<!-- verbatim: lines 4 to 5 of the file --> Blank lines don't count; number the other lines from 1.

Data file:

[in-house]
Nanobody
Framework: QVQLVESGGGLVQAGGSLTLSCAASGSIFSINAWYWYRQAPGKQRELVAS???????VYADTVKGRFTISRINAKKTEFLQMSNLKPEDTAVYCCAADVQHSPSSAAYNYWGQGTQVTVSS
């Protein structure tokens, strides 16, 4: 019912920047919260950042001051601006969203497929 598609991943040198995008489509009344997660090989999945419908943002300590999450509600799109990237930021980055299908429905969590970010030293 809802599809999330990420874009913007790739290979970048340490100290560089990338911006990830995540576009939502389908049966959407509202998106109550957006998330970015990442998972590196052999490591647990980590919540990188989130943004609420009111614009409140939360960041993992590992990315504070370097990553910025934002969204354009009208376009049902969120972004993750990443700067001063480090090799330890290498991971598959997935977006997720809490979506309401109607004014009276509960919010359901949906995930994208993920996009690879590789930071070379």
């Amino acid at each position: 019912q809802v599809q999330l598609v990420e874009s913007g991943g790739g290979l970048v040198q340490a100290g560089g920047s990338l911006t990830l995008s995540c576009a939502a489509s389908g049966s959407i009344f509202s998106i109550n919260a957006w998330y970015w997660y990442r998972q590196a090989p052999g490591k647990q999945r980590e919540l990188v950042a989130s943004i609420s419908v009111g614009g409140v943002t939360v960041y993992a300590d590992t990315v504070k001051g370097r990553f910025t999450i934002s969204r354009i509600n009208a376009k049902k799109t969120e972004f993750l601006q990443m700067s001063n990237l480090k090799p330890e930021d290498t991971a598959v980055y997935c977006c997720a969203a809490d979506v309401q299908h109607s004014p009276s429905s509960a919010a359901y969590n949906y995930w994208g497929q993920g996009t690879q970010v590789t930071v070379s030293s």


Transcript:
């Protein structure tokens, strides 16, 4: 019912920047919260950042001051601006969203497929 598609991943040198995008489509009344997660090989999945419908943002300590999450509600799109990237930021980055299908429905969590970010030293 809802599809999330990420874009913007790739290979970048340490100290560089990338911006990830995540576009939502389908049966959407509202998106109550957006998330970015990442998972590196052999490591647990980590919540990188989130943004609420009111614009409140939360960041993992590992990315504070370097990553910025934002969204354009009208376009049902969120972004993750990443700067001063480090090799330890290498991971598959997935977006997720809490979506309401109607004014009276509960919010359901949906995930994208993920996009690879590789930071070379």
């Amino acid at each position: 019912q809802v599809q999330l598609v990420e874009s913007g991943g790739g290979l970048v040198q340490a100290g560089g920047s990338l911006t990830l995008s995540c576009a939502a489509s389908g049966s959407i009344f509202s998106i109550n919260a957006w998330y970015w997660y990442r998972q590196a090989p052999g490591k647990q999945r980590e919540l990188v950042a989130s943004i609420s419908v009111g614009g409140v943002t939360v960041y993992a300590d590992t990315v504070k001051g370097r990553f910025t999450i934002s969204r354009i509600n009208a376009k049902k799109t969120e972004f993750l601006q990443m700067s001063n990237l480090k090799p330890e930021d290498t991971a598959v980055y997935c977006c997720a969203a809490d979506v309401q299908h109607s004014p009276s429905s509960a919010a359901y969590n949906y995930w994208g497929q993920g996009t690879q970010v590789t930071v070379s030293s």